November 2016
Tools for Evangelism

Using Instagram Effectively for Church

With over 500 million monthly active users, it’s likely you have heard of Instagram and some of you may use it. A popular online photo and video sharing social network, Instagram was launched six years ago and is currently owned by Facebook. For me, the most interesting thing about Instagram users is this demographic: more than 90% are younger than 35, with almost half under 24. Instagram is clearly a space that belongs to youth. Which begs the question: Are churches doing enough to interact with young people in this space they are obviously very comfortable in?

Picture perfect

To begin using Instagram effectively for your church it’s helpful to know what works best in this specific platform. To start off, the Instagram app can only be downloaded and used on a smart phone. This immediately makes it a platform of choice for people (like me) who consider their phone to be an extension of their arm. The app is meant to be used to capture both moments from everyday life and special events, and shared with friends and “followers,” with the best ones being “liked” or “reposted.” Although the app offers several beautiful filters to enhance the colors and tones of the image, it’s always best to start off with a picture is already well framed, color-balanced, and most importantly, meaningful and evocative to you and to the people you choose to share it with.

Too many words

Unlike Facebook and Twitter that rely largely on words, on Instagram the focus is on images. Communicating without words can often be very liberating – pictures open themselves up to many different interpretations and aren’t limited to only those who know the language. It is possible, however, to go overboard with hashtags on Instagram. Since Instagram doesn’t have a 140-character limit like Twitter, pictures can be accompanied by too many hashtags that may not make sense, are too long, or aren’t related to the image; this is as common as it is annoying. On the other hand, when used thoughtfully hashtags can be very useful in terms of connecting with your target audience, building interaction, and creating a unique virtual pin board of images with other contributors.

Mirroring the church

An effective Instagram account is intimate yet welcoming. It opens a window into a space that is real and honest, while inviting others in to witness and share. These are qualities that we often encounter in a successful church. Much like a good church, an effective Instagram account celebrates community, expresses diversity, encourages sharing, and doesn’t take itself too seriously. A successful church Instagram account will be inviting, positive, and give new visitors a sense of the soul of church. It will also be a space where members and worshippers see themselves and their relationship with the church expressed with love.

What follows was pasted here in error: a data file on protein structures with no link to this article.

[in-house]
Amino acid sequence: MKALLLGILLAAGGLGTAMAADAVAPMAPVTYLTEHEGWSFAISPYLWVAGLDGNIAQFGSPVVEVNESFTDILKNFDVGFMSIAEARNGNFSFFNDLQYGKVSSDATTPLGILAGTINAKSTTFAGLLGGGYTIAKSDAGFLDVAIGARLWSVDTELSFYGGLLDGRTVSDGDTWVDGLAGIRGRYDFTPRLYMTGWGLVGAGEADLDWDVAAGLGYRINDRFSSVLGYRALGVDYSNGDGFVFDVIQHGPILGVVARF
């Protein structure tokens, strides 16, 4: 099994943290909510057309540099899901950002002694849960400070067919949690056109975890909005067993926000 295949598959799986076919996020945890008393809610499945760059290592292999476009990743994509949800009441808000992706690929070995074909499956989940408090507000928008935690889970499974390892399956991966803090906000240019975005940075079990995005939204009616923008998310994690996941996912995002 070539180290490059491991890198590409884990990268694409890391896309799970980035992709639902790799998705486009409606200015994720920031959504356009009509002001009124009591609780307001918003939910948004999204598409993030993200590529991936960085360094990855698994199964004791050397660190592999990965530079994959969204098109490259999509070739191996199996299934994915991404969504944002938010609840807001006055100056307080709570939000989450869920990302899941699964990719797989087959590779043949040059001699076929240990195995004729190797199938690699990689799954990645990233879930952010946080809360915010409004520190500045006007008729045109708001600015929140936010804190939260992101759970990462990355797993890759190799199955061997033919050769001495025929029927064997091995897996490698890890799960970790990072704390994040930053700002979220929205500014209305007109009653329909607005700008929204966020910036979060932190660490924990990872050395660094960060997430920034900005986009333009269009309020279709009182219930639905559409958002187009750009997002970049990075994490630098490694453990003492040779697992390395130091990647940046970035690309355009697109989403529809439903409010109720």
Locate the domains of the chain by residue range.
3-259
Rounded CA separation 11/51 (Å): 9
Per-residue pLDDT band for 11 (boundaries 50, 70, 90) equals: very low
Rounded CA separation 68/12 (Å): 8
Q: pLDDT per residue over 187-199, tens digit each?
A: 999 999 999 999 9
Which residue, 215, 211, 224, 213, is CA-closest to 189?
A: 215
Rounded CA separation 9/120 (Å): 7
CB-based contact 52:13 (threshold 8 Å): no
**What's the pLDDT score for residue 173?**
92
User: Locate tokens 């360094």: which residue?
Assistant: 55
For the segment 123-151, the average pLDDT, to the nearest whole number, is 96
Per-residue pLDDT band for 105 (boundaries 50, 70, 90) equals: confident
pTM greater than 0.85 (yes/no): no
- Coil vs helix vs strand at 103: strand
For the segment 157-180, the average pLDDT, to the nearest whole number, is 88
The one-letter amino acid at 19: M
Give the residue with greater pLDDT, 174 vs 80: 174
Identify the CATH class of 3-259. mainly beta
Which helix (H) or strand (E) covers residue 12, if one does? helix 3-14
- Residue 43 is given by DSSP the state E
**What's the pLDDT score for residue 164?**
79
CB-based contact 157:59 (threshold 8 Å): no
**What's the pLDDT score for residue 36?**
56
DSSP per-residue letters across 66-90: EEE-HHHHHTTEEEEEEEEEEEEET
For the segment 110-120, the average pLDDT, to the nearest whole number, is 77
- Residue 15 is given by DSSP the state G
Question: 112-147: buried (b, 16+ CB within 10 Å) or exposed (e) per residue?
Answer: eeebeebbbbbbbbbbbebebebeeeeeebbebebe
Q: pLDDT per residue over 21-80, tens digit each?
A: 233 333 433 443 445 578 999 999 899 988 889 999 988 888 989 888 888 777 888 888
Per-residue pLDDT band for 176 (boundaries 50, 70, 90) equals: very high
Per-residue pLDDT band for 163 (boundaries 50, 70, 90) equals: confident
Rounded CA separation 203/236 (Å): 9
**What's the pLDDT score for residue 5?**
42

A good post

What makes a memorable Instagram post? The obvious answers include a great picture, a meaningful story, and an honest portrayal. At ECF we have found that certain kinds of posts work better than others on Instagram. Here are a few of our favorites that you can try too:

Quote pictures – Try everything from a Bible quote to a greeting that is time and season appropriate. These can be created using a beautiful background picture, an evocative font, and branded with your church’s official logo. We’ve found that these really resonate with people – it’s like we’re celebrating a special occasion or festival together with our virtual family!

Behind-the-scenes - Sometimes what is mundane for us can be something unusual and interesting for our followers. An all-staff meeting, a Christmas party, or “the weather from our window” posts make you/your church more relatable. A peek into the real, everyday life of a church is intriguing and special to many.

Short videos – Instagram works well with both images and videos, and the latter can be a great post if it’s short and candid. It could be a short Christmas greeting from the rector, the choir singing part of a special number, or children in Sunday school creating something special. Videos are such a pleasure to watch and often give viewers a more intimate understanding of the life of the church.

People shots - Pictures of members and worshippers in action, laughing, sharing, or learning are some of the very best kinds of Instagram posts. It is the people who make up the church and seeing them in action is an accurate and true reflection of what the church is, and should be. This kind of picture is not only relatable but it also shares joy, which is really the most wonderful thing about Instagram.

One caveat: when posting pictures or video on social media, written consent should be obtained from anyone appearing in the photo or video and always from parents or guardians for all children.

Charis Bhagianathan joined ECF in November 2015 as communications coordinator. Before moving to New York, Charis worked at Council for World Mission in Singapore as communications manager and at Dorling Kindersley Publishers in New Delhi as senior editor. At ECF, her focus is on strategic internal and external communications. While Charis has always enjoyed working in marketing and communications, her heart lies in social/new media and writing.


  • Photo Release Form, Ann Fontaine, St. Catherine of Alexandria Episcopal Church, Episcopal Diocese of Oregon

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This article is part of the November 2016 Vestry Papers issue on Tools for Evangelism